Responding to current challenges and opportunities facing the health sector is a key component of the University of Southern Queensland’s strategy for building a better future for its communities. Launching its new allied health and wellbeing degrees – a rapidly growing part of Australia’s health workforce – is set to provide a vital shot in the arm to local regions.
Four new allied health and wellbeing degrees will be introduced in 2023, allowing students to pursue studies in occupational therapy, speech pathology, social work and strength and conditioning, while physiotherapy is among the new degrees that will be offered in 2024.
Each degree will include a regional and rural focus to create an expanded pipeline of skilled health professionals and greater access to care for patients in local communities.
“The addition of these new specialisations is exciting news for our students and communities,” Deputy Vice-Chancellor (Academic Affairs) Professor Glen Coleman said.
“We already have a broad range of allied health and wellbeing degrees that connect local students with study and training opportunities, making them job-ready to meet local workforce needs.
“Supporting and increasing the number of people in our health workforce is a high priority for us.
“By investing in more programs, we’re on our way to seeing hundreds of new health workers put their ambition into action.”
Allied health professionals, who represent almost a third of Australia’s healthcare workforce, apply specific clinical skills to diagnose, assess, treat, manage and prevent illness and injury in primary health care and other sectors like disability, aged care, education and social services.
In addition to learning from industry-connected lecturers actively contributing to their fields, University of Southern Queensland students gain real-world skills and interdisciplinary experience, preparing them for a collaborative, client-centred approach to health care.
Associate Head of School (Allied Health) Associate Professor Stephen Bird said the longstanding impact of COVID-19 combined with an ageing population meant allied health careers were more in demand than ever before.
“Heavy workloads caused partly by the COVID-19 pandemic and an increase in chronic diseases have pushed the healthcare system to the brink,” Associate Professor Bird said.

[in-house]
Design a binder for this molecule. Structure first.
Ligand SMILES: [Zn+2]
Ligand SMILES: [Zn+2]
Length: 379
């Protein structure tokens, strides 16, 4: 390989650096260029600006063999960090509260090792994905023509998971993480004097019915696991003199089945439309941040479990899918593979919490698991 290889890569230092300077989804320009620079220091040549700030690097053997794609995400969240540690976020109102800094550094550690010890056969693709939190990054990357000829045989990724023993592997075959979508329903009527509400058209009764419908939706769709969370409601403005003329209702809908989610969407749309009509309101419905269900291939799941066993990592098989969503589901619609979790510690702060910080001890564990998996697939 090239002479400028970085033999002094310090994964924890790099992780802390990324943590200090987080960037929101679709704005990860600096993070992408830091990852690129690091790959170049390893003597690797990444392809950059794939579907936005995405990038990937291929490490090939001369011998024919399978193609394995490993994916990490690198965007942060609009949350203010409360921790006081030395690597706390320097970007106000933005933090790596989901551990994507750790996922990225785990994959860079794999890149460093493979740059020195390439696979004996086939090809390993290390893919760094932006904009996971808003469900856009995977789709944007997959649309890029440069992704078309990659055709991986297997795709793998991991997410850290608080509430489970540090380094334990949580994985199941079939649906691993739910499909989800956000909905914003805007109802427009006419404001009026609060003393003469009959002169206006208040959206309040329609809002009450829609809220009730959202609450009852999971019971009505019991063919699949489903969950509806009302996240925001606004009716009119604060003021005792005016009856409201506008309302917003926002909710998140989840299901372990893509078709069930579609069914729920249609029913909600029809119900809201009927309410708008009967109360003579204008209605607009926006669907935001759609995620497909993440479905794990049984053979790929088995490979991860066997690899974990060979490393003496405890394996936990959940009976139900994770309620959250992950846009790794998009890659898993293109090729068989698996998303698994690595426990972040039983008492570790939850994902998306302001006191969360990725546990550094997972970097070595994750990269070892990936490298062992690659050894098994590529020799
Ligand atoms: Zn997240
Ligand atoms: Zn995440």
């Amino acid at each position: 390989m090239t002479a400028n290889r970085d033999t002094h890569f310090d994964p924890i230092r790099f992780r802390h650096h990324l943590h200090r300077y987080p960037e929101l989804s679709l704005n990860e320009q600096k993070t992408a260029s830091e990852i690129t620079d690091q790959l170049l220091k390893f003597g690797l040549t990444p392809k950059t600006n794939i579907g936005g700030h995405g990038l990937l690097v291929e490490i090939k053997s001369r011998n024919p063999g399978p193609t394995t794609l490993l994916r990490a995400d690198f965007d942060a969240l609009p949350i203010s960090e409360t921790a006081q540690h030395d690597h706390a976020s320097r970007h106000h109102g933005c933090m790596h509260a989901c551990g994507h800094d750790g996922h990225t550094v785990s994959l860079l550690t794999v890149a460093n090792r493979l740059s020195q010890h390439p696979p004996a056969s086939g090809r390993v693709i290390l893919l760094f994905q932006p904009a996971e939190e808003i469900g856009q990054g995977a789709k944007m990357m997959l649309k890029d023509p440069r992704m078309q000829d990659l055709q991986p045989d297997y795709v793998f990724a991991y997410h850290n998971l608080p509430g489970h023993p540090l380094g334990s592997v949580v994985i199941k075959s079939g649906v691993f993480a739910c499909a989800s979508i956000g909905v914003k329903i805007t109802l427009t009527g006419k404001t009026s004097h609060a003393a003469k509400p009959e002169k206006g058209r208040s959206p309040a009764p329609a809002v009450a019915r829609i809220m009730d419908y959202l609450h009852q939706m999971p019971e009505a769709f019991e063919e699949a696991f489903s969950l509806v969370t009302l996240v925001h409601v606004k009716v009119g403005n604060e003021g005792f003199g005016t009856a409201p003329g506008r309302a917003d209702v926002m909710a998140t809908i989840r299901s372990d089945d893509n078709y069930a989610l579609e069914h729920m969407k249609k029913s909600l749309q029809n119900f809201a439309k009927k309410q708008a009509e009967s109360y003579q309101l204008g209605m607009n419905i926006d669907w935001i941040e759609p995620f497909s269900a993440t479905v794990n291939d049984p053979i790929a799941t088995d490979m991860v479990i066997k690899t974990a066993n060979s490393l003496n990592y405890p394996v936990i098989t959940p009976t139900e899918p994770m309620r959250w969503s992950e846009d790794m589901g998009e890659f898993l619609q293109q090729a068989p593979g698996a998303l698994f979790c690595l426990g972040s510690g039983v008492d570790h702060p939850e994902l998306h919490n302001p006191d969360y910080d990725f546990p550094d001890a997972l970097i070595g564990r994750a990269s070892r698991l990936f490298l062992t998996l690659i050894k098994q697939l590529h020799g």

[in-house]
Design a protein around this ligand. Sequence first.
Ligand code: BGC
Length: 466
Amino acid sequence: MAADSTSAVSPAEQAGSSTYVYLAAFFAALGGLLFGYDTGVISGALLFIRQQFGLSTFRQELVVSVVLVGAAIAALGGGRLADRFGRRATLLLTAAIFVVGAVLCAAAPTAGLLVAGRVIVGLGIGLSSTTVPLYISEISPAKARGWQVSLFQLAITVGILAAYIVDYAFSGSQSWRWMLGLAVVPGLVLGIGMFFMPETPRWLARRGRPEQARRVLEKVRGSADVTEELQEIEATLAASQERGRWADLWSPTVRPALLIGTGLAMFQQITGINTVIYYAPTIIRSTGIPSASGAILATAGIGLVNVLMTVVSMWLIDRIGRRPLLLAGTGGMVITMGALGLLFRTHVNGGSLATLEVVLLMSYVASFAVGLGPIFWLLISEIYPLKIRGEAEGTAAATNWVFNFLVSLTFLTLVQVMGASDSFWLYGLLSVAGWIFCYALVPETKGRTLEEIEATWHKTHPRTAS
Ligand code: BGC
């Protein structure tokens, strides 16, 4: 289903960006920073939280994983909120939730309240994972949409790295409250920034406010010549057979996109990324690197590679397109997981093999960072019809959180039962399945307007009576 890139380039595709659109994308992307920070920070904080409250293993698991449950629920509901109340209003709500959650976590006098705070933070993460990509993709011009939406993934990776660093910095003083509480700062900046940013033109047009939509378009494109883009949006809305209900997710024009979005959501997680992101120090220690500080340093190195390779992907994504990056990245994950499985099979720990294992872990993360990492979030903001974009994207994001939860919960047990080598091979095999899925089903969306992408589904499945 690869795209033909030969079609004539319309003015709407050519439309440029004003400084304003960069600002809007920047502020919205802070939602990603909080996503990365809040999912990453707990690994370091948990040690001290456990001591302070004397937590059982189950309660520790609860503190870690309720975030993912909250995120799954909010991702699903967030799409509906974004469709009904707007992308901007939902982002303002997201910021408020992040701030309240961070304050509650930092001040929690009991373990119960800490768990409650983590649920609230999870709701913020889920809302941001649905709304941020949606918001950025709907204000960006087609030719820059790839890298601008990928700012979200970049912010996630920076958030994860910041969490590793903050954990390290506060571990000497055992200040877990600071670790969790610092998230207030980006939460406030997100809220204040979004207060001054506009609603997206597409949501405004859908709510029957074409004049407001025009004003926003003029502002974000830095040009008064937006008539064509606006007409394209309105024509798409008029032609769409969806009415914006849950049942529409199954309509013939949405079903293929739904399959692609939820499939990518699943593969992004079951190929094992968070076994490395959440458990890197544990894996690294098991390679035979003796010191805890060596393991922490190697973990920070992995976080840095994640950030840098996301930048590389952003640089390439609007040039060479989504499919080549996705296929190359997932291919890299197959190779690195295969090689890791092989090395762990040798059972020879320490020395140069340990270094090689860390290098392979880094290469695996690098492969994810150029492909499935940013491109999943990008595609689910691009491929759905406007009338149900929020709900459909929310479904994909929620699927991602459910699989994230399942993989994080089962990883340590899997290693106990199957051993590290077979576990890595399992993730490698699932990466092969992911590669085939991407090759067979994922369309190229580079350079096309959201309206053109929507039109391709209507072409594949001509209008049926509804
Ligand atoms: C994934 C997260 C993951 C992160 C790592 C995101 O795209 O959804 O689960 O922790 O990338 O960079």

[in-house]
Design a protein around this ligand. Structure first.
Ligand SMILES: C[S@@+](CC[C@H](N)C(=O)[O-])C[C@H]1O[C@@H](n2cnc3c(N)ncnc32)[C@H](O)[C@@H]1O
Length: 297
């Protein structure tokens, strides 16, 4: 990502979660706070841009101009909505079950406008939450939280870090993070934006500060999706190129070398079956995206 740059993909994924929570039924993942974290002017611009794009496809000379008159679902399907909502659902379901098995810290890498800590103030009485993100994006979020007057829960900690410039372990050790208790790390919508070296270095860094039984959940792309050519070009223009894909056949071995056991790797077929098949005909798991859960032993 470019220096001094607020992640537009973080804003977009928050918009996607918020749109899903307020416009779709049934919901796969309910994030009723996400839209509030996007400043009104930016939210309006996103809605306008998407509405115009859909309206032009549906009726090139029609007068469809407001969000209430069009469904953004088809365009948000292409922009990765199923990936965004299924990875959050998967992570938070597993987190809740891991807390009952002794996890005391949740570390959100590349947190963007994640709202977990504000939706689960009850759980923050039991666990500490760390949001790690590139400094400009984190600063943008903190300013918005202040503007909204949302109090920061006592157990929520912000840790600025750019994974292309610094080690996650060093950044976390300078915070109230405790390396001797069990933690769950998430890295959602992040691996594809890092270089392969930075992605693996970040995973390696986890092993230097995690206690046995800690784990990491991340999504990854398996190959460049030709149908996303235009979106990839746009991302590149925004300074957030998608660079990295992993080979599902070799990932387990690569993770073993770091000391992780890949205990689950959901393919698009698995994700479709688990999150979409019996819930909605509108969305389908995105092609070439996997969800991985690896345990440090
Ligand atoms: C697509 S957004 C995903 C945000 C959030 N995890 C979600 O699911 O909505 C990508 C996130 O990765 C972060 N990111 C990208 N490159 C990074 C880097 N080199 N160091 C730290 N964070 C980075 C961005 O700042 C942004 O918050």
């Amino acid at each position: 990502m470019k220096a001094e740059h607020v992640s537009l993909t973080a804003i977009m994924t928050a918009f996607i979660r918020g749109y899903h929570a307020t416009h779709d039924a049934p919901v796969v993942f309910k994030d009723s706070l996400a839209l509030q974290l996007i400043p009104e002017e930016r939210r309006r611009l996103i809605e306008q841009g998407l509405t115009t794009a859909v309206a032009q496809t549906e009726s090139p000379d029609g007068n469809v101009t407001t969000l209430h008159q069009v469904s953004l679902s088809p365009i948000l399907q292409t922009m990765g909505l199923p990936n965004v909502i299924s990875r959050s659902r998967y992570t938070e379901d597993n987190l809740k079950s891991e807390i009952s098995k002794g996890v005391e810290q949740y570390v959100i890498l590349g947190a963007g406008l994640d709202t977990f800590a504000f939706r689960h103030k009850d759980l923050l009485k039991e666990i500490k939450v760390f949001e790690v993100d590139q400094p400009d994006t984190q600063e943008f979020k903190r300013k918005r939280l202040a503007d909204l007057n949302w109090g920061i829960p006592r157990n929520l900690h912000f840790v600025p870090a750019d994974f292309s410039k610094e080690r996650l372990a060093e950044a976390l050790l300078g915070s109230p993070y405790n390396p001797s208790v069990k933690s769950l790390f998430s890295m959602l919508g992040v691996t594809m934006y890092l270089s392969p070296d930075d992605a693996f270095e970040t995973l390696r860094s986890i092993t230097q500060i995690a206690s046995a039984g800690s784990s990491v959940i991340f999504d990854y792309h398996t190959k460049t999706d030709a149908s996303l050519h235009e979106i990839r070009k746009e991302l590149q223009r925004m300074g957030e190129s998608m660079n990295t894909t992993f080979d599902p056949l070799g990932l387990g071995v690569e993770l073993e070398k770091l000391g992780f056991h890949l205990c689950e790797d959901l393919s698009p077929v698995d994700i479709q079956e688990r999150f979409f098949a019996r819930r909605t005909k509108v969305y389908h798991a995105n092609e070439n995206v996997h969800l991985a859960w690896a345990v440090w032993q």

“Training skilled workers in a range of allied health occupations that can assist patients with chronic disease and complex health conditions can not only ease the strain on the system but ensure its long-term sustainability.”
Connecting education, research and innovation with regional Australia’s needs continue to be a focus for the University – and Professor Coleman said the new degrees would meet the booming demand for health professionals and help reduce the healthcare gap in rural and remote communities.
“There is a severe and longstanding shortage of health professionals in regional areas, which directly impacts the level of access people have to essential services and contributes to poorer health outcomes and life expectancy,” he said.
“Having forged strong community and industry partnerships and undertaking world-leading research in health, we’re perfectly placed to educate our passionate health professionals of tomorrow and bolster the healthcare workforce.”
More than 100 students are expected to enrol across the four new degrees in the first year, with as many as 1200 students studying in these fields by 2026.
For more information, visit www.unisq.edu.au/new-degrees.
New degree information:
- Occupational therapists work with individual clients and families to enable them to do the daily activities or occupations that are important in their lives.
- Occupational therapy is one of the fastest-growing registered health professions in Australia.
- Speech pathologists study, diagnose and treat communication disorders, including difficulties with speaking, listening, understanding language, reading, writing, social skills, stuttering and using voice.
- They also assess and treat individuals with swallowing disorders.
- Social workers focus on strengthening human relationships, promoting wellbeing, and validating the importance of human rights and social justice.
- They draw upon critical inquiry, embrace and celebrate diversity and difference, social inclusion, democracy, and professional integrity.
- They actively work with and alongside individuals, families, and communities, co-developing and advocating for systemic changes in search of a socially just society.
Strength and Conditioning
- Strength and conditioning professionals work within high-performance settings such as sports schools, youth athlete development programs, academies and institutes of sport, law enforcement, military and rescue professions, and collegiate athletic departments, or work within community sport and recreation programs that specialise in strength and conditioning science and physical preparation optimisation.
- They specialise in physical preparation or reconditioning programs for high-performing individuals to optimise movement potential through assessment, individualised programming, and readiness monitoring.
- Along with providing evidence-based practice, strength and conditioning professionals provide education on recovery modalities and prevention strategies.
Associate Head of School (Allied Health) Associate Professor Stephen Bird with students Bonnie Whitney and Samson Juju.